Oak aging is a method used to enhance the scent and lessen the bitterness of full-bodied wines. Thus, the wine body can be changed by winemakers. Usually, full-bodied wine has three different fermentation processes.
This produces a larger alcoholic concentration.
Additionally, based on how they appear, you can distinguish between full-bodied red and white wines and light-bodied ones.
Full-bodied red wines possess a deeper hue of crimson red or purple than full-bodied white wines, which have a golden-yellow hue.
Also, you can look at the wine legs. Wine should be swirled in the glass. It moves down as it develops legs on the glass. Light-bodied wines dissipate rapidly, whereas full-bodied wines maintain thick legs and sink slowly.
There are three different types of wine body classifications. Full-body wine is a much thicker wine in terms of consistency and contains a higher alcohol percentage.
In comparison to light-bodied wine which is the complete opposite, since it is quite thin. Whereas medium-bodied falls right in the middle of the two.
A full-bodied wine has a slightly longer processing time, as this is what helps to create its recognizable flavor and texture. You can easily tell what type of wine you are purchasing by looking at the wine’s label (Also check out How To Remove Wine Labels From Bottles).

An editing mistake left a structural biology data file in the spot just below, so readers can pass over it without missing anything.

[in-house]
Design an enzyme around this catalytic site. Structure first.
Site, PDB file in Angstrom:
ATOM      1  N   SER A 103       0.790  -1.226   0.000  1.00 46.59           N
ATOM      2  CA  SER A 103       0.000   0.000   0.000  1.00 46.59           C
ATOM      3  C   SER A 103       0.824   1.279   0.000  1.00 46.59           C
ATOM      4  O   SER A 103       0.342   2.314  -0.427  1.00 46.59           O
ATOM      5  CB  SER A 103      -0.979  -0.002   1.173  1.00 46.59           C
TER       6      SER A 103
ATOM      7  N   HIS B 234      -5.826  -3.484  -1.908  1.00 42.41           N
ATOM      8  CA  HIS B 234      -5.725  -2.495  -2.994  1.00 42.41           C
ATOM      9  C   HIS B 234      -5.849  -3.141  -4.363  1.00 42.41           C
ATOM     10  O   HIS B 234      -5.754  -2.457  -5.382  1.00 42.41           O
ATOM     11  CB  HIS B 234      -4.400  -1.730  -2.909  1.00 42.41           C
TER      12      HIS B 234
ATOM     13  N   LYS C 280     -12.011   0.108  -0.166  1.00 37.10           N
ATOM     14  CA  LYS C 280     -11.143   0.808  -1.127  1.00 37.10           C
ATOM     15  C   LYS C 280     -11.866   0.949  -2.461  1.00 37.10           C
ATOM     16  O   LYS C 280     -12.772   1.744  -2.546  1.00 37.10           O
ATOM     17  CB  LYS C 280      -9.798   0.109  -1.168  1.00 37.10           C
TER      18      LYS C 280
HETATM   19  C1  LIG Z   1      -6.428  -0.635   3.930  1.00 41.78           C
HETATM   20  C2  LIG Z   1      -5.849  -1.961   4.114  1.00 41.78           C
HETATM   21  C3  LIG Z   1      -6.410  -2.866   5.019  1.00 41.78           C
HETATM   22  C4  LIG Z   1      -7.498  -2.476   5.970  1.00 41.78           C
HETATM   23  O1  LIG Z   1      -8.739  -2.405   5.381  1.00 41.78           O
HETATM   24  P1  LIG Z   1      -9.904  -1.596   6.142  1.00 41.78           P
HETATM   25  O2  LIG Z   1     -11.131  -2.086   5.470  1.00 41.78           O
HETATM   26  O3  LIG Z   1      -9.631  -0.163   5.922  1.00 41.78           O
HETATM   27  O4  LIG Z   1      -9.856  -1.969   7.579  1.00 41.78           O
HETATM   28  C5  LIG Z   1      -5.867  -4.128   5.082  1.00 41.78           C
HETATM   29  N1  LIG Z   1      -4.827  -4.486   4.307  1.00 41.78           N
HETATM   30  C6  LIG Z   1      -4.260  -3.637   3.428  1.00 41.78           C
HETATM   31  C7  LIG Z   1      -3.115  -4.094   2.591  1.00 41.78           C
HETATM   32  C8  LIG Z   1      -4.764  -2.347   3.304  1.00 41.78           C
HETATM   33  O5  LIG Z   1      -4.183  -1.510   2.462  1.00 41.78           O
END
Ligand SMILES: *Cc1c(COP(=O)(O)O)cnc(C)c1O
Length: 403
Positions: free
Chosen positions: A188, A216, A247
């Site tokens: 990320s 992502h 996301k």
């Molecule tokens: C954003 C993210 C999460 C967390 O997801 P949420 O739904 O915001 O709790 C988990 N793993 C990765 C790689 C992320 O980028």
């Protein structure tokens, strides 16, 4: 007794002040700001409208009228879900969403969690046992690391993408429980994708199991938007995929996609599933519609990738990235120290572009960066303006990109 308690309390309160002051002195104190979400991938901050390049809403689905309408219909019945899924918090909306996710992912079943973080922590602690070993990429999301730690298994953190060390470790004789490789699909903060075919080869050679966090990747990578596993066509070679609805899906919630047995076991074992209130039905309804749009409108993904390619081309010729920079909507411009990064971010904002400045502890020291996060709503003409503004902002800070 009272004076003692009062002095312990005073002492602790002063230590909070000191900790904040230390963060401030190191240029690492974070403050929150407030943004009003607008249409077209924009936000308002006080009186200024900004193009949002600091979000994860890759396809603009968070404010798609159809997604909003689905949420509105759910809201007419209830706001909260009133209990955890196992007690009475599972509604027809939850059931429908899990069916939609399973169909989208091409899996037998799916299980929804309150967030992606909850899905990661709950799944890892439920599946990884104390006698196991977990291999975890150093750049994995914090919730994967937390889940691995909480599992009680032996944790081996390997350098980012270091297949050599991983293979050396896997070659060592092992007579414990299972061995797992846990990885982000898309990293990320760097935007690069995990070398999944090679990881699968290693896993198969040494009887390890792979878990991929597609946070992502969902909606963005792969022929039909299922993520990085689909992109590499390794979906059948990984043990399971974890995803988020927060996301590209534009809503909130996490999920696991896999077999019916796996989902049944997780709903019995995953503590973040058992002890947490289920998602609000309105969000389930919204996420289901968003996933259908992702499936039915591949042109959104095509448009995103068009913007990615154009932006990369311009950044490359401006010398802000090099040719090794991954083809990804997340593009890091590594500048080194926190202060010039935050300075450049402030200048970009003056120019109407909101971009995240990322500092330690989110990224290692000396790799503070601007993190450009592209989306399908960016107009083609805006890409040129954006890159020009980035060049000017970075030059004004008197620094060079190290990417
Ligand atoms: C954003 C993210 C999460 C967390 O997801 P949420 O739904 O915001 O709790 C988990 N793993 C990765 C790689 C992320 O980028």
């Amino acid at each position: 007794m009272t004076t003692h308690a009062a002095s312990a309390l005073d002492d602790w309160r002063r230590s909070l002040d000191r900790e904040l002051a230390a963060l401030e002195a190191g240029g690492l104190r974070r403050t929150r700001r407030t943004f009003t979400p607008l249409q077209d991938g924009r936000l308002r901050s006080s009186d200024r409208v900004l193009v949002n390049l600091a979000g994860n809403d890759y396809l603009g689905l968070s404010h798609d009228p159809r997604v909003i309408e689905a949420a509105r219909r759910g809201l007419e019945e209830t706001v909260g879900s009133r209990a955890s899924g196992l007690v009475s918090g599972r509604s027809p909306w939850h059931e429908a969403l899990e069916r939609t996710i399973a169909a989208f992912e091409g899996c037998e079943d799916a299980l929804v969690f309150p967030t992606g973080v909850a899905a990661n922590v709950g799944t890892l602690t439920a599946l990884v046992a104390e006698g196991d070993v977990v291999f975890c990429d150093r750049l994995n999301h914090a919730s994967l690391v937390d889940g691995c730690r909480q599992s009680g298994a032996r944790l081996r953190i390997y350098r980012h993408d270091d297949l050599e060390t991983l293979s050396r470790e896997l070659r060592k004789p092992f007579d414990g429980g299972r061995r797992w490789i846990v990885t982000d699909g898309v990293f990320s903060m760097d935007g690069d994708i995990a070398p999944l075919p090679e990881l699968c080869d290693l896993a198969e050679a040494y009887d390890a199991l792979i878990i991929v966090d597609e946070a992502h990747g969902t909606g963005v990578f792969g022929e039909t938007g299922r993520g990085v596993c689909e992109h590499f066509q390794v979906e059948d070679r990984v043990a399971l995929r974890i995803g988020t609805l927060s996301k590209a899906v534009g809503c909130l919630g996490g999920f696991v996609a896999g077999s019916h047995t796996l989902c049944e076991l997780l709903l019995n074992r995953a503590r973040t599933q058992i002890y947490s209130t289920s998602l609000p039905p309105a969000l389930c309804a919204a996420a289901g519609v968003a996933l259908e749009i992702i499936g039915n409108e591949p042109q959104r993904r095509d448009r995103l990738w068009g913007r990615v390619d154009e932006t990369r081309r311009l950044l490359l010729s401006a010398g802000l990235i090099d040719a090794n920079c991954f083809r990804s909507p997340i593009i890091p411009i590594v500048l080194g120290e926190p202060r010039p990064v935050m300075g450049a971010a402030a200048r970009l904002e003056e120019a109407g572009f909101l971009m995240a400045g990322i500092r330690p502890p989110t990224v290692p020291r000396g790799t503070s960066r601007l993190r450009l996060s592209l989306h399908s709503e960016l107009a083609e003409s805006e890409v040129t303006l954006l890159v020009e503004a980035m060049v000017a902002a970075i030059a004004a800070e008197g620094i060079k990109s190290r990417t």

There it will tell you the bottle of wine’s alcohol content.
We hope this article has been helpful, and that you know now what full-bodied means, and the different wine body classifications.
Frequently Asked Questions
Full-bodied wine generally has a higher alcohol content than other types of wine. The red full-bodied wine is overall the strongest due to the higher alcohol and tannin levels.
Also, the minimal acidity creates a heavier and stronger flavor.
Malbec is undoubtedly regarded as a heavier red. Body big and loaded with juicy fruit. It’s a wine that pairs nicely with hearty foods such as steak, hamburgers, or at a barbecue.
When browsing wines in a store, you may wonder how to tell if a wine is full-bodied. Look on the labels for wines that have an alcohol content of 13.5% or more, as this is considered a full-bodied wine.
If the label says 12.5% to 13.4% then these are medium-bodied wines.